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End equalization squabbling: Toss the GST to the provinces

Mark Milke, Director of Research with the Frontier Centre for Public Policy, thinks Ottawa should hand the GST over to the provinces in exchange for an end to equalization.

Mark Milke - February 5, 2009

If Quebec premier Jean Charest’s recent outburst is any indication - he called Prime Minister Stephen Harper a liar over Ottawa’s plan to restrict the rise in equalization payments to economic growth - no amount of federal largesse dropped into the lap of provincial treasuries is ever enough.

Charest, apparently, is of the belief that no matter the recession’s effect on federal coffers, Ottawa is anyway expected to ratchet up equalization transfers according to plans hatched when oil was at $147 a barrel.

Reality check, please: In the current fiscal year, equalization payments will cost Ottawa $13.6 billion; that’s up by $2.7 billion over three years and Quebec received most of that increase. It will garner $8 billion this year, up $2.2 billion from three years ago.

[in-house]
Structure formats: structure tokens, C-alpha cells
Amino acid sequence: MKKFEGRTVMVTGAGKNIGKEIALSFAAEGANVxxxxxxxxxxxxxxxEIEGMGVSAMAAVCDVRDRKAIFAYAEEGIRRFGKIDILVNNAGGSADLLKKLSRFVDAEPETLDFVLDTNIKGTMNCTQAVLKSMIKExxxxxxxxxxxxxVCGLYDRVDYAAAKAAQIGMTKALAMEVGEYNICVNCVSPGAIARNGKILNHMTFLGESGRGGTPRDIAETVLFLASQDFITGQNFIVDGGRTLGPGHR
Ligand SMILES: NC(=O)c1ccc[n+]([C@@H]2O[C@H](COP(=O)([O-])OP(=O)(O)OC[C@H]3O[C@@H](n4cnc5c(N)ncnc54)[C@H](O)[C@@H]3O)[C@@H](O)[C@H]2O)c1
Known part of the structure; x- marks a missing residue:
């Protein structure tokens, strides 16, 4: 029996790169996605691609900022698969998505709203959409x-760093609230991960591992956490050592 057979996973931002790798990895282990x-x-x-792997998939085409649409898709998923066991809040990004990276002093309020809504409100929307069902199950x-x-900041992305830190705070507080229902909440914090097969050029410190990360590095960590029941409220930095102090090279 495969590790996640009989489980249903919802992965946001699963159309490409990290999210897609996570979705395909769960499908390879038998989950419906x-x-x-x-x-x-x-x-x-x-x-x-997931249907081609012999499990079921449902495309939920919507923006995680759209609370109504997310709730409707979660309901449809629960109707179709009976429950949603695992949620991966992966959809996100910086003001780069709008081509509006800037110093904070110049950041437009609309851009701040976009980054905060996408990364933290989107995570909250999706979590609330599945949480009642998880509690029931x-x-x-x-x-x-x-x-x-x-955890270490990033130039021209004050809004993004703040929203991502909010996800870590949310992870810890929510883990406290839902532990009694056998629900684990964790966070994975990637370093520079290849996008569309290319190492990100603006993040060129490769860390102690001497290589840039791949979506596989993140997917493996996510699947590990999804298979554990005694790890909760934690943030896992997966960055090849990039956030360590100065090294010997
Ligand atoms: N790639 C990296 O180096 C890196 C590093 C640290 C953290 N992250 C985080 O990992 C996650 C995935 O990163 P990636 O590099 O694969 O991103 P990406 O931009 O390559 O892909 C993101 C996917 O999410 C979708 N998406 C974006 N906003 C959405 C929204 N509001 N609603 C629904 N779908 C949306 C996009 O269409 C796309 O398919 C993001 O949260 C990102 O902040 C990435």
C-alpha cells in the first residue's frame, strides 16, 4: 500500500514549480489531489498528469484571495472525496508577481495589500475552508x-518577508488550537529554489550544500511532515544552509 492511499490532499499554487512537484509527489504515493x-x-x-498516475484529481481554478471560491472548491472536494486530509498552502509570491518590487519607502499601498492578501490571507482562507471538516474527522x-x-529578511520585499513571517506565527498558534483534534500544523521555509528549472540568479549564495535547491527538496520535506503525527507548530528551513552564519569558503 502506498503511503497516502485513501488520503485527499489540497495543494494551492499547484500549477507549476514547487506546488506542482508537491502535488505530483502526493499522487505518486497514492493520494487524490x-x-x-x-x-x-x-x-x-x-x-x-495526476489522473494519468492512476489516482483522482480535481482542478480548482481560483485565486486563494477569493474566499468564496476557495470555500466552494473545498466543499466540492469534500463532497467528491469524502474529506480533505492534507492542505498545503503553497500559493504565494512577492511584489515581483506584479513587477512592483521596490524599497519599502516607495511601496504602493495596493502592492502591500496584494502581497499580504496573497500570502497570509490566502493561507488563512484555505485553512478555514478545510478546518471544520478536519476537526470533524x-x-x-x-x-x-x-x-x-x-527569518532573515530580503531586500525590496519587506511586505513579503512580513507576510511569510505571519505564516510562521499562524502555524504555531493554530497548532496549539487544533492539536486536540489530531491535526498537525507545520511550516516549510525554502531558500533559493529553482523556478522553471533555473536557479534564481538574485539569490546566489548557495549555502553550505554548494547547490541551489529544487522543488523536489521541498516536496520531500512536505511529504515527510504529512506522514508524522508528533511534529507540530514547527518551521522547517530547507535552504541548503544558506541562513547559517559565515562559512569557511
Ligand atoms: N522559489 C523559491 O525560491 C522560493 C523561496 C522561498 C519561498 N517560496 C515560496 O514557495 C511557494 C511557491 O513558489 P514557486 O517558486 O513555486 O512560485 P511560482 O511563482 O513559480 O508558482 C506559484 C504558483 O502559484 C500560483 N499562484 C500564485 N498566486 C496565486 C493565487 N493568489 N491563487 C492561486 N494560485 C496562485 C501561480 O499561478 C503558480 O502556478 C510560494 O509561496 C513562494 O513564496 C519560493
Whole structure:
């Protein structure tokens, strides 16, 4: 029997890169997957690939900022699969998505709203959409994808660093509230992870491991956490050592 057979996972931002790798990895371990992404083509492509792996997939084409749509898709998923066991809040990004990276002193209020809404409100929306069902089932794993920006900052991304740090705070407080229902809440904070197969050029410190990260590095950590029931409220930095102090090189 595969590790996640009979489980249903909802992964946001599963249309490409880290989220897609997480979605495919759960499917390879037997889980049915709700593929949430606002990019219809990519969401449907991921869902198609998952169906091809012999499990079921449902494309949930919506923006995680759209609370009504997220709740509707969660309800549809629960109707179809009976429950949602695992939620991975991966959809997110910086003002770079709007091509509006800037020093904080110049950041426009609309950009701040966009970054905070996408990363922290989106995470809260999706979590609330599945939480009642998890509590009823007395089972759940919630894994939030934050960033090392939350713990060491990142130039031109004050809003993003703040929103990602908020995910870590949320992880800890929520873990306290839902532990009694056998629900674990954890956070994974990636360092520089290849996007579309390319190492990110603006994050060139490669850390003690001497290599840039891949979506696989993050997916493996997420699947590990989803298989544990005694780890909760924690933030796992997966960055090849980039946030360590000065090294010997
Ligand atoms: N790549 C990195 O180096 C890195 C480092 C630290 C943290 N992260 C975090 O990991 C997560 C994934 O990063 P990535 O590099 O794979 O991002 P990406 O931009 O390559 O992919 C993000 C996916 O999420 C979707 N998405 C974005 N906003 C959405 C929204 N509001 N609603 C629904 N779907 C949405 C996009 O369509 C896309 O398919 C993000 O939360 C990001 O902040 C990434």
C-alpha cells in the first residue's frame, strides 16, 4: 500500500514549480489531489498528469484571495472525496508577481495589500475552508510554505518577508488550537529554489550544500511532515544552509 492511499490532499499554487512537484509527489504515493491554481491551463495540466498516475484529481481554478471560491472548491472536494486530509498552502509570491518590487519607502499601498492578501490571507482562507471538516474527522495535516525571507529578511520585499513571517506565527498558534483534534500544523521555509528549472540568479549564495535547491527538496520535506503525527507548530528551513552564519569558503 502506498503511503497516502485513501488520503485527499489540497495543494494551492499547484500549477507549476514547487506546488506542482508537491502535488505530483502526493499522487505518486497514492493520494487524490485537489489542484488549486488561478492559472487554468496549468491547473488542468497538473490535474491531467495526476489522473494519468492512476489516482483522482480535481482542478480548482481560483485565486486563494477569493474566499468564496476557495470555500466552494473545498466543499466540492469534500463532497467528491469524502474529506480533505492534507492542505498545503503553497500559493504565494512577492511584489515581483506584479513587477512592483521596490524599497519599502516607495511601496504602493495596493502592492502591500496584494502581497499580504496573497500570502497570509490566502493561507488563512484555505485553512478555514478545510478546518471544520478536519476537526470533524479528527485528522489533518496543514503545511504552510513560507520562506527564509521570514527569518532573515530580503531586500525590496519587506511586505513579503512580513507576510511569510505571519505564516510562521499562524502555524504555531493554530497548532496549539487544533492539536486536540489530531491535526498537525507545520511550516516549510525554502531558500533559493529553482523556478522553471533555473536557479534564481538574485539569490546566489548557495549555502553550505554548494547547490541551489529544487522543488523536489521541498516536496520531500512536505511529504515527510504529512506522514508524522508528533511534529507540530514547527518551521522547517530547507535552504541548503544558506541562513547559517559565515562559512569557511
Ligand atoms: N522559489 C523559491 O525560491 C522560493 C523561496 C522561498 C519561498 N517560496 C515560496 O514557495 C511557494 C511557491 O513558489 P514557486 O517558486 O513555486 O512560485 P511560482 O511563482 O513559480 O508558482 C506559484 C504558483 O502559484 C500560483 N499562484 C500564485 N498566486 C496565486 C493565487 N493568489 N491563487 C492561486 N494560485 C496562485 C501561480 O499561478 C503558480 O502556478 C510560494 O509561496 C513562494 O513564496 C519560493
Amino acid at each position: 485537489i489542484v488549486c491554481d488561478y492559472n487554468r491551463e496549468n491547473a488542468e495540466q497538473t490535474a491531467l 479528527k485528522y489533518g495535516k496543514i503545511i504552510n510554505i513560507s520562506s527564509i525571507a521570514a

The provincial complaints will never stop so here’s a possible remedy: Ottawa should hand the GST over to the provinces in exchange for an end to equalization.

Here’s the math and how it would need to work. Permanently dump equalization ($13.6 billion for have-not provinces) along with the equalization-related offshore accords ($850 million) and territorial financing (over $2.3 billion) and the federal government saves $16.8 billion.

If in exchange, Ottawa kicks the GST over to the provinces who add it to their provincial sales taxes, that’s worth $26.8 billion to them. Ottawa is out $10 billion annually on a net basis.

But the calculations can’t stop there. A straight GST-equalization switch would benefit some provinces and cost others.

Using a rough per capita calculation, Ontario would win big: it would receive $10.4 billion in new sales tax revenue; Saskatchewan would benefit by $819 million; Alberta, which would have to replace the GST with its own PST, garners almost $2.9 billion; British Columbia would take an extra $3.5 billion to the provincial bank.

More articles by Mark Milke